Pep Rally

Every once in a while I’ll wake up remembering something from my school years I’d forgotten, and yesterday morning, it was the strange American high school phenomenon known as the pep rally.

Even if I hadn’t participated in this bizarre ritual, I would have known I hated it just from the name. I don’t associate myself with anything that contains the word “pep,” except perhaps “peptic ulcer.” The word “pep” makes me shoot fireballs out of my eyes. You’re giving me a “pep talk”? Fuck you. You want me to “pep up”? Fuck you. I should add here that I’m also not fond of the word “rally” because it implies the presence of other people. And if I were to subject myself to a rally, it would be completely voluntary, to support power to the people or some shit like that, not to support a high school sports team. (There’s another post somewhere deep within me about the inanity of high school sports, but I’m gonna just keep that simmering and let this caustic indictment of pep rallies suffice for now.)

From what I remember, the pep rally involved all of us students being herded through the gym doors and onto the bleachers, where we had to sit with our designated class. While we entered, the jazz band played, and to this day I wish I’d been part of it, as hiding behind a large brass instrument seems to me the only sane thing to do during such a nightmarish social experiment. The principal spoke, and maybe some teachers, and maybe the president of student council, and then the members of that season’s sports teams were announced and ran onto the gym floor to varying degrees of acclaim from the student body. At least one athlete would perform some stupid dance or self-aggrandizing gesture. By this point I was sorely wishing I hadn’t left whichever Sylvia Plath book I was reading back in my locker. At intervals throughout this tiresome charade, our cheerleaders would perform. I’ve since learned from pop culture that cheerleaders are supposed to be the prettiest and most popular girls in the school. At my high school, the most popular girls actually played sports themselves, and with the elite having been already culled, the cheering squad was a sad second string. They’d perform an anemic, poorly-synchronized routine of some sort that ended in the short, spunky, chunky ones lifting up the one wobbly, pale, sticklike one in a tenuous pyramid formation that frankly made me anxious. Yet I was unable to look away. Before I knew it, the worst part of the rally had come: The jazz band was traveling to each of the class groups and leading them in dancing and chanting. I seem to remember that the goal was for each class to be louder and more spirited than the others, and to this day I can think of few more inane enterprises. As the monkeys danced and chanted for the pleasure of who-knows-who—I can’t imagine that anyone was deriving pleasure from the pointless exercise—the band threw candy up into the bleachers. Which I might add was the ONLY redeeming thing about the afternoon, and not nearly redeeming enough since I could have just gone home and eaten more of the Krackel bars I had in my bedroom and was supposed to be selling for show choir. Unless it was holiday time, in which case it was tins full of Fudgy Bears.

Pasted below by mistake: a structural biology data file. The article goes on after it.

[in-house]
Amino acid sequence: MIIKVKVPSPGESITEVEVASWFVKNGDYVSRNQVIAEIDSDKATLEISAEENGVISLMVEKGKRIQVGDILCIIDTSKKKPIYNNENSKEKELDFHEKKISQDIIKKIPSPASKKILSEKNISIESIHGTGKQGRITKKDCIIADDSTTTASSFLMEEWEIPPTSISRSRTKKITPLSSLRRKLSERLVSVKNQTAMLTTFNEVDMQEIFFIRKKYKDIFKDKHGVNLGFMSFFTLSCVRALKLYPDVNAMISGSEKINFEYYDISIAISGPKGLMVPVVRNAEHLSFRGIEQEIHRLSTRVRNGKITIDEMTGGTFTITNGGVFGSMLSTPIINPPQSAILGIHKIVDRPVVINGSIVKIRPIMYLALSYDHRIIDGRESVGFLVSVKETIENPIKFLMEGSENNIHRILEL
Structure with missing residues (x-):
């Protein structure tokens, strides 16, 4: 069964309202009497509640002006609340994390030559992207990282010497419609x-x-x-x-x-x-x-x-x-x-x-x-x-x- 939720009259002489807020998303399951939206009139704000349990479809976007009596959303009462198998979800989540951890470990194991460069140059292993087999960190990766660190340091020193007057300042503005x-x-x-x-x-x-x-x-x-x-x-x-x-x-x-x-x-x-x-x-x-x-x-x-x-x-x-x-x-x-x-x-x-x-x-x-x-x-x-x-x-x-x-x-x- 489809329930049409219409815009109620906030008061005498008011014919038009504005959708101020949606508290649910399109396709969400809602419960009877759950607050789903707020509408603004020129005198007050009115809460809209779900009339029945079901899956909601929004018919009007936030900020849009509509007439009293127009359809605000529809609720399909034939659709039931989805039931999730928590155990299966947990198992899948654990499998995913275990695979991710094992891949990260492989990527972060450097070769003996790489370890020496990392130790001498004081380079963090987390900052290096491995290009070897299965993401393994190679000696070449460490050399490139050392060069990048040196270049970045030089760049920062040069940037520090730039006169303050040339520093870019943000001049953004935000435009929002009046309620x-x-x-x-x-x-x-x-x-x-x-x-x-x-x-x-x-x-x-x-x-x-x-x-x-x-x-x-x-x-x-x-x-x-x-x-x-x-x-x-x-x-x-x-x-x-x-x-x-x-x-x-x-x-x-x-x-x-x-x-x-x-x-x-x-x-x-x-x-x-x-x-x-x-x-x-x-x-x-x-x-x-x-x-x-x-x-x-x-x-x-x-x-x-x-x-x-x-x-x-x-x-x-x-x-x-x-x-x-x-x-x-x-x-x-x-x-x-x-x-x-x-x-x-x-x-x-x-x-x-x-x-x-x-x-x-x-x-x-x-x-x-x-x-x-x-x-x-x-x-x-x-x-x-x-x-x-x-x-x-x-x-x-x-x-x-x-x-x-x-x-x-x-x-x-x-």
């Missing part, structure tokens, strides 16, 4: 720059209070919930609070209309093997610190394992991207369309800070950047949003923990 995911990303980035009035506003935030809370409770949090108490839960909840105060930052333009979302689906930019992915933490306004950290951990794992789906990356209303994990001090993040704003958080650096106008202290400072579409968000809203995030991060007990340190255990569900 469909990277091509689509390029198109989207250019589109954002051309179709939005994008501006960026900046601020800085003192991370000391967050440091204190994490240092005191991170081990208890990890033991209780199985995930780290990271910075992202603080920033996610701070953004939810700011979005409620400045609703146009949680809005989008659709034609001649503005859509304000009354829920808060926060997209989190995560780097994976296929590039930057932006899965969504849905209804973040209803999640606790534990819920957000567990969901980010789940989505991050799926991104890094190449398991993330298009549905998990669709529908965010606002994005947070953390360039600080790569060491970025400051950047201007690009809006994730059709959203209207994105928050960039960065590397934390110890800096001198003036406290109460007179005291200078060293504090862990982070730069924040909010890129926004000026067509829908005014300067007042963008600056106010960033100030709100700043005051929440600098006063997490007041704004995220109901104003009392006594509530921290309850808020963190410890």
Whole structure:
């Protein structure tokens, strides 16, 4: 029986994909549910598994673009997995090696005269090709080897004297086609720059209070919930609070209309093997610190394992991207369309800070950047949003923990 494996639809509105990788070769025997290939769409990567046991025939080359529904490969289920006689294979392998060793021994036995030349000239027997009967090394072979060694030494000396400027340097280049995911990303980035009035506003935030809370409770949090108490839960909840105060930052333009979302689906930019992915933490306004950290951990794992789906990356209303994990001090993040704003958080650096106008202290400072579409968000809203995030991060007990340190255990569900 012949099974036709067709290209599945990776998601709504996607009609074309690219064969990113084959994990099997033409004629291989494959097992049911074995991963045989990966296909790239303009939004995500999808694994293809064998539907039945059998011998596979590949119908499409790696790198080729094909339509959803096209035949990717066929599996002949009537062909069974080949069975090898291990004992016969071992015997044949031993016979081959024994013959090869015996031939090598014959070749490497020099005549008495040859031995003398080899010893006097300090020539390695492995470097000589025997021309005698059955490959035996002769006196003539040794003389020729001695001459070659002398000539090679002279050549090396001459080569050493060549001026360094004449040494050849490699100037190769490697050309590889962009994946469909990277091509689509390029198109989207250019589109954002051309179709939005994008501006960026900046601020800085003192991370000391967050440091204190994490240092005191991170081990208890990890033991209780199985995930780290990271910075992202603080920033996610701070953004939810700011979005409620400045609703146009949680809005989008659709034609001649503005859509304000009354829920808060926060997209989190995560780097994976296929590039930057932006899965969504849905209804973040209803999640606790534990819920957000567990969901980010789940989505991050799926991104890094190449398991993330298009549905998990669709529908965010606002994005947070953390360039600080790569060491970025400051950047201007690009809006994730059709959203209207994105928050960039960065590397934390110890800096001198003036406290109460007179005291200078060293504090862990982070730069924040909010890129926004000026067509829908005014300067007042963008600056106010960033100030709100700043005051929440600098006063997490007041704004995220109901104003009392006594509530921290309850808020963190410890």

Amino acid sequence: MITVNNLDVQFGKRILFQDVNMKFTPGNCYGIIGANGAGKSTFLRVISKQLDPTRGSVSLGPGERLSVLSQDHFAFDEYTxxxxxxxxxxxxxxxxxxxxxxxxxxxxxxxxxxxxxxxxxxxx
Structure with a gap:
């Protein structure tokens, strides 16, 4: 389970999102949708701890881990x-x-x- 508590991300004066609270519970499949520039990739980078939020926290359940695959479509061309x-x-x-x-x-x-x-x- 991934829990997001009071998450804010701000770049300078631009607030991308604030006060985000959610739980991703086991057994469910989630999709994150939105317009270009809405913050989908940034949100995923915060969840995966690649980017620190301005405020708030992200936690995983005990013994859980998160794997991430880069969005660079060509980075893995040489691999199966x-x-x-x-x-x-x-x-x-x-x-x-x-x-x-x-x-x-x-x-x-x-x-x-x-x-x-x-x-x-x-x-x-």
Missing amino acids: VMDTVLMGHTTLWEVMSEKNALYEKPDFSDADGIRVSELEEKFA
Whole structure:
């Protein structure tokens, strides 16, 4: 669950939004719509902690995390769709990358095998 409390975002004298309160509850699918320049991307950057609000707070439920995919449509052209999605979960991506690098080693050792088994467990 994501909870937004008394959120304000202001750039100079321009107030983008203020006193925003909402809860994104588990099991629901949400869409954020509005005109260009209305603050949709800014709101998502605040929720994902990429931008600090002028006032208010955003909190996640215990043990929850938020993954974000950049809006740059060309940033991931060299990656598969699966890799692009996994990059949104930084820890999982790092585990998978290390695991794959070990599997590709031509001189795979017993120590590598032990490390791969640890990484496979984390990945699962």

It’s beyond comprehension that with the U.S. so far behind in so many measures of academic progress, schools consider dancing, chanting, and candy-catching a worthwhile use of a class period. True, I was learning about as much there as I would have learned in 7th period pre-calculus, which is nothing, but shouldn’t they have at least kept up appearances?

I’d like to think that times have changed a little, and that if our high schoolers are still forced to go to pep rallies, they’re at least allowed to play Words with Friends on their phones while a culturally-sensitive mascot strolls among them, handing out veggie crisps and fat-free muffins labeled with self-esteem-boosting messages, fostering cooperation instead of competition. Which sounds more my speed. If the “veggie crisps” are Fudgy Bears and the “fat-free muffins” are narcotics, and “cooperation” involves my not having to look at or speak to another human being.

I could rally around that.


Once, a student asked me if I had been a cheerleader, a question that reflected a profound lack of understanding about the fundamental nature of my character. Which, as you should know by now, is cheerless. (
Once, a student asked me if I had been a cheerleader, a question that reflected a profound lack of understanding about the fundamental nature of my character. Which, as you should know by now, is cheerless. (

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